The case of Palmer v. District of Columbia was filed in 2009, and was bogged down in court until the case was transferred from the original judge to Judge Scullin, Gottlieb said. Scullin actually sits on a district court in northern New York. District of Columbia police officers were quickly advised not to arrest anyone for carrying a registered handgun, and that is an important detail, and they will not arrest a non-resident whose gun is not registered in the district. The Washington Post noted, “D.C. Metropolitan Police Chief Cathy Lanier has approved an order which allows District residents to carry a handgun IF AND ONLY IF the handgun has been properly registered with the District Police, pursuant to the District’s handgun registration ordinance.”
W&G obtained a copy of Lanier’s memorandum, which states, “Residents of the District in possession of an unregistered firearm may be charged with Unregistered Firearm and, if applicable, Unregistered Ammunition if they do not also reside in a jurisdiction where they could legally possess the firearm. At this time, individuals who do not live in the District shall not be charged with either unregistered firearm or unregistered ammunition, but other charges may apply.”
She spelled out three scenarios dealing with stopping a man on the street carrying a firearm: •“The man says he is a resident of the District, but the gun is unregistered. You should charge him with Unregistered Firearm.” •“The man lives in Vermont, which does not require a license or permit for either open or concealed carry of a handgun. You run his name, and no criminal record is apparent. You should record any relevant information for potential further investigation, and he is free to leave.” •“The man lives in Virginia, where no license or permit is required to openly carry a handgun. However, when you run his name, records indicate that he is a convicted felon. Under District and federal law, felons may not legally possess a firearm. You should arrest him for Unlawful Possession of a Firearm.”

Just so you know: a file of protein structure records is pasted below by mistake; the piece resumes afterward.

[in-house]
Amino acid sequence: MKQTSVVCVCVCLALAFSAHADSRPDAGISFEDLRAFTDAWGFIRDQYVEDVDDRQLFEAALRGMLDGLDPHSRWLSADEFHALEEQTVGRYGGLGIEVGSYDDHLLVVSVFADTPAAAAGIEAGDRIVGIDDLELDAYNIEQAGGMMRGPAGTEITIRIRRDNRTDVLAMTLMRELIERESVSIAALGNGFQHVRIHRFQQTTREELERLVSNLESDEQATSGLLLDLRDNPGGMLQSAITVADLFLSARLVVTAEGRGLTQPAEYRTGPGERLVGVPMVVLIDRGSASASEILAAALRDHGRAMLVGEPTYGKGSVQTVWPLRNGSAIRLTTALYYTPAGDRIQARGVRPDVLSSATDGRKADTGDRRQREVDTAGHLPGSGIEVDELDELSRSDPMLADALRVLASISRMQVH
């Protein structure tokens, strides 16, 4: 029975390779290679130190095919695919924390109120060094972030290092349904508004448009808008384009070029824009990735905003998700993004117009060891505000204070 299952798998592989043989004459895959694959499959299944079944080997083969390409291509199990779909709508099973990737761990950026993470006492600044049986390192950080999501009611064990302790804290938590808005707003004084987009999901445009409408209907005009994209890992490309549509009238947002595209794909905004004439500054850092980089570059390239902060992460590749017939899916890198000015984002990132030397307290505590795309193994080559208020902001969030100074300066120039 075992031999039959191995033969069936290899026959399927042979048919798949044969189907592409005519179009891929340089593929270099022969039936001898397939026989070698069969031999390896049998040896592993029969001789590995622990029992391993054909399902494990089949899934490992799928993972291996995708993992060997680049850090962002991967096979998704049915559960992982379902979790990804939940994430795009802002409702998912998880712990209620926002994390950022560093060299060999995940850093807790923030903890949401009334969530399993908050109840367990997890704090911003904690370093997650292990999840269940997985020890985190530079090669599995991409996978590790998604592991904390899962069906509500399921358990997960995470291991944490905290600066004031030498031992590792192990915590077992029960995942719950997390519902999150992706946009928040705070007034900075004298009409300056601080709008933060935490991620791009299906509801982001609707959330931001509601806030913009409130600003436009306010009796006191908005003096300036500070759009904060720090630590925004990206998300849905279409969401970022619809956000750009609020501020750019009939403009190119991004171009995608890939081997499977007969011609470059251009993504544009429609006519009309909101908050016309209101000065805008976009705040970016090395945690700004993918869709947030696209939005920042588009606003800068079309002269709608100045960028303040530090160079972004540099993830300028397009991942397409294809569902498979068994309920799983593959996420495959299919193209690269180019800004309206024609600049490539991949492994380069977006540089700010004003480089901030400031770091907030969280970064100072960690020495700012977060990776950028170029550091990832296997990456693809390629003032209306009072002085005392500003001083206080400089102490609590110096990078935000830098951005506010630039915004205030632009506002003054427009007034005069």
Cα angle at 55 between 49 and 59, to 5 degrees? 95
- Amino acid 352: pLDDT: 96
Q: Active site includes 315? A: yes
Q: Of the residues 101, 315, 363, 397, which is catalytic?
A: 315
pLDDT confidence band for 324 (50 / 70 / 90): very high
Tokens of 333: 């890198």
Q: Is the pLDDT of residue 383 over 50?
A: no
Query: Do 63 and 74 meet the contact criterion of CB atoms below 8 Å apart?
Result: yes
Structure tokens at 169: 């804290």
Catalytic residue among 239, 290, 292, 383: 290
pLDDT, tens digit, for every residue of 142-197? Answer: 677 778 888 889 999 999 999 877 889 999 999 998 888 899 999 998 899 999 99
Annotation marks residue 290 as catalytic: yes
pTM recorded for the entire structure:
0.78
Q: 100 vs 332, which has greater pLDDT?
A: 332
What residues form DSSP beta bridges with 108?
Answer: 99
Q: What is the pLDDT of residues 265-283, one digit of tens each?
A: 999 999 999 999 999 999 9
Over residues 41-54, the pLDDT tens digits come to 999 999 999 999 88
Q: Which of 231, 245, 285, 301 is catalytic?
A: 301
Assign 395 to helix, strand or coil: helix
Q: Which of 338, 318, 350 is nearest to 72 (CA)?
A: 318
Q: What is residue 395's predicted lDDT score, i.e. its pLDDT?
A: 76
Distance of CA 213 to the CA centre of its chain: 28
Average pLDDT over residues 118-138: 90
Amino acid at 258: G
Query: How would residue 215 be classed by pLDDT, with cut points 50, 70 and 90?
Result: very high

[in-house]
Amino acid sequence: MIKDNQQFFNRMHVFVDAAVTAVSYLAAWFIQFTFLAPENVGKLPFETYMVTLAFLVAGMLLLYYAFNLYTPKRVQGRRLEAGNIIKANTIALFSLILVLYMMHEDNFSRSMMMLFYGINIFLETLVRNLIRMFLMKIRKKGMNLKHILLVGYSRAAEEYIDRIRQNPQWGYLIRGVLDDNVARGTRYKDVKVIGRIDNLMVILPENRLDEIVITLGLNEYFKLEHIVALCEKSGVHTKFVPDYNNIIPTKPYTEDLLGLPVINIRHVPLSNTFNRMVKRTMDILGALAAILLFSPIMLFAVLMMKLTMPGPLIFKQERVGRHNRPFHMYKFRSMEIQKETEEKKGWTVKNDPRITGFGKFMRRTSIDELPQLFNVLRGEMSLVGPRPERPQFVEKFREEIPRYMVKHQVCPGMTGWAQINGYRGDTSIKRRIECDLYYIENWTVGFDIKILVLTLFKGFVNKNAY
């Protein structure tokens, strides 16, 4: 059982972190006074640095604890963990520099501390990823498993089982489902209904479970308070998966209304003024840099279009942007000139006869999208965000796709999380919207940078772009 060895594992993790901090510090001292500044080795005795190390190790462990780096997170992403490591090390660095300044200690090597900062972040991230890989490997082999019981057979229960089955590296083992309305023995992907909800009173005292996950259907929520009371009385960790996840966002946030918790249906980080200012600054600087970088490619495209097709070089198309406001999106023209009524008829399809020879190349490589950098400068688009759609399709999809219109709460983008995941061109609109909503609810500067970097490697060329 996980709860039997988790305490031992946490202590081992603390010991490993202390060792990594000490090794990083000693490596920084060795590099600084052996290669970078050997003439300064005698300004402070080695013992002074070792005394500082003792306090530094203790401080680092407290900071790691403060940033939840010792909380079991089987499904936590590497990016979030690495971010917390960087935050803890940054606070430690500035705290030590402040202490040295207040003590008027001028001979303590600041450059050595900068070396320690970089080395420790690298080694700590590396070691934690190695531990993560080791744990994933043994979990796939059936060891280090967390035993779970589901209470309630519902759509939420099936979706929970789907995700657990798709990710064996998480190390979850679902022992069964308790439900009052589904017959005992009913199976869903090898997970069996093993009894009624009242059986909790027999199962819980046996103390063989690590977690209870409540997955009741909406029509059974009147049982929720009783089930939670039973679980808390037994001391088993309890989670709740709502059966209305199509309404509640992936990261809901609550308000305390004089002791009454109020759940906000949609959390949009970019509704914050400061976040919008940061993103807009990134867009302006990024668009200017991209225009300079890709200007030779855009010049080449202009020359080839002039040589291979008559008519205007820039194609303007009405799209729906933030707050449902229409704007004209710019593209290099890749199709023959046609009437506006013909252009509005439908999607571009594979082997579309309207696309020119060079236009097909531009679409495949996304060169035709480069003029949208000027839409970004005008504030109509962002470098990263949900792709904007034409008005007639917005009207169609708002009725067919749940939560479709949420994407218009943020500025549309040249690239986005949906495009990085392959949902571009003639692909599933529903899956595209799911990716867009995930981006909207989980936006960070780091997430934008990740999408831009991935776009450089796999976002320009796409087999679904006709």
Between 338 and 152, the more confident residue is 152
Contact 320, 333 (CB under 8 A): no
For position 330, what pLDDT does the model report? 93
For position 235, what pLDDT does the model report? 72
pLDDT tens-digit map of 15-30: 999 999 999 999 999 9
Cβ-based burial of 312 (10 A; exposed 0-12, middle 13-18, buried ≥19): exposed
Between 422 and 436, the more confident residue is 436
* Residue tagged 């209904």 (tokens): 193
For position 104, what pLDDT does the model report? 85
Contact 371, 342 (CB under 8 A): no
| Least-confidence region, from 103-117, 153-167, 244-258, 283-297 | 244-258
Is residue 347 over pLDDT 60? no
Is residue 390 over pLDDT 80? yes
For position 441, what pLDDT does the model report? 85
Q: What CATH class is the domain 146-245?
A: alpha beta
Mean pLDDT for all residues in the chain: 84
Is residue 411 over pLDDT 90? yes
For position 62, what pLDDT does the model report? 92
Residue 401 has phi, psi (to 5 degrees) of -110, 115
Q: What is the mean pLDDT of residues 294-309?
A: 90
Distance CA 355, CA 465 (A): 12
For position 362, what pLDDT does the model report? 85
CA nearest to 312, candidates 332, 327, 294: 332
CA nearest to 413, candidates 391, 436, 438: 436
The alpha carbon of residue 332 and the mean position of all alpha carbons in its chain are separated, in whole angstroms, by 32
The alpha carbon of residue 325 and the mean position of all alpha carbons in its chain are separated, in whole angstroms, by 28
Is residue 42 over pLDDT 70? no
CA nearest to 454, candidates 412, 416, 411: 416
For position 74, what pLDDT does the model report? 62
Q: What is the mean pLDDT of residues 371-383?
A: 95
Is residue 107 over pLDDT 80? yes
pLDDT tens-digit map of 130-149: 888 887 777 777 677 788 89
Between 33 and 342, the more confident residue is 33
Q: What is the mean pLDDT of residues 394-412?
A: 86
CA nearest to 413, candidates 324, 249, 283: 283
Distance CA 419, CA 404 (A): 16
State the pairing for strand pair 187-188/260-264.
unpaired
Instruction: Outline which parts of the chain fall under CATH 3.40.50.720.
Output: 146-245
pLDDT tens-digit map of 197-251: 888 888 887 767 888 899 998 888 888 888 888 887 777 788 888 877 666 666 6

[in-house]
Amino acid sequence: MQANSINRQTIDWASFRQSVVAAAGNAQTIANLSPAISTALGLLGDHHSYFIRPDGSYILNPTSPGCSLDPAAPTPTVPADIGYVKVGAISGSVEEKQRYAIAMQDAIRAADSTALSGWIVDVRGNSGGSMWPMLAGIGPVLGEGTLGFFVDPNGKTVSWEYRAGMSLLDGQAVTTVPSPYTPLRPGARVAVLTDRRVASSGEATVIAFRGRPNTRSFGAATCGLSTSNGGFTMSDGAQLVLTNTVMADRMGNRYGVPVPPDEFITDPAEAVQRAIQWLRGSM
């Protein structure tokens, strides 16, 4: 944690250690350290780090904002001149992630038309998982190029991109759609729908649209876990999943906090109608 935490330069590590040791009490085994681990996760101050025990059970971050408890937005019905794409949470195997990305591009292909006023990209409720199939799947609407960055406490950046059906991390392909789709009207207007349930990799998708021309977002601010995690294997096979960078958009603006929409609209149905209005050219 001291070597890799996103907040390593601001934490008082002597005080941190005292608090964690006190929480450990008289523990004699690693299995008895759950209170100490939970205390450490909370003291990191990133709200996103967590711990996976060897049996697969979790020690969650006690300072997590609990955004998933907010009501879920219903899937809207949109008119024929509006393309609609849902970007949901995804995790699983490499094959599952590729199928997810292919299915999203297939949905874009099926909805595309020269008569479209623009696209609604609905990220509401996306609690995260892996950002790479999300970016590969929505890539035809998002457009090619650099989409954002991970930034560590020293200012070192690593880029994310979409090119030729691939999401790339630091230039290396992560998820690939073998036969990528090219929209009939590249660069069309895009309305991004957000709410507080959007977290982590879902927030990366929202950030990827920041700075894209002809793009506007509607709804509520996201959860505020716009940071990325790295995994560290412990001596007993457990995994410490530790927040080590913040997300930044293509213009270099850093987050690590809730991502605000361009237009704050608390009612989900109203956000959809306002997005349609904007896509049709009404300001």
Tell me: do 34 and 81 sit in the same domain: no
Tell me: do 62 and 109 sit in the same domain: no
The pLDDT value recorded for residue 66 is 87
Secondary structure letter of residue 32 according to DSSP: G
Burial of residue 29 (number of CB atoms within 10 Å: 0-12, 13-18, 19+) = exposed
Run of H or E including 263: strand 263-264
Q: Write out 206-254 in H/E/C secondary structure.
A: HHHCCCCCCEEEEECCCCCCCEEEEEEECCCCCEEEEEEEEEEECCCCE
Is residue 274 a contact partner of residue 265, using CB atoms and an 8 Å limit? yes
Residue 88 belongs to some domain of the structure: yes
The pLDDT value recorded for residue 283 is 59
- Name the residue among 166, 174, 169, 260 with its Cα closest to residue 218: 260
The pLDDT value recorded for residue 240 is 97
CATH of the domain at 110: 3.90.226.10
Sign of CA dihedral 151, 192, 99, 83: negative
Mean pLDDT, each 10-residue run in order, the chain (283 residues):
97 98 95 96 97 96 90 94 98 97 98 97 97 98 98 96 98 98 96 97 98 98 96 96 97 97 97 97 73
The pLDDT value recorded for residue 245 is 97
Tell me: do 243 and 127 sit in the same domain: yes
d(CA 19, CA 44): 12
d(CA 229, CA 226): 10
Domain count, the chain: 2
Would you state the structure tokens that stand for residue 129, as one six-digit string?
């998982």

This means that non-residents are not going to be penalized for having non-registered guns. The registration requirement only applies to District residents, so it appears residents are facing a little stricter regulation. The most vocal city official so far has been D.C. Council Chairman Phil Mendelson, who reportedly told the press, “The nation’s capital is a very different place than anywhere else in the country. If there is a right to carry, it would have to be more heavily regulated.”
Other council members have also lined up against the ruling. Councilwoman Mary M. Cheh told the Washington Post, “We’re just full of places where guns would be not only inappropriate but highly dangerous.” In his press release, Gottlieb gave credit to SAF supporters who have made it possible to pay for the legal battles, which have not come inexpensively. “These victories have been made possible by hundreds of thousands of concerned Americans who have financially supported SAF efforts over the years,” Gottlieb noted. “Thanks to them, we have been able to field a first-rate team of legal advocates.”
Gura has been at the helm of that team and their efforts, while not always successful, have served to advance the overall effort. “SAF’s record of legal victories on behalf of the right to keep and bear arms has set the bar for all current and future firearms civil rights litigation,” Gottlieb said. “This is not SAF’s last step, but only the latest, in our efforts to win back firearms freedom, one lawsuit at a time.”W&G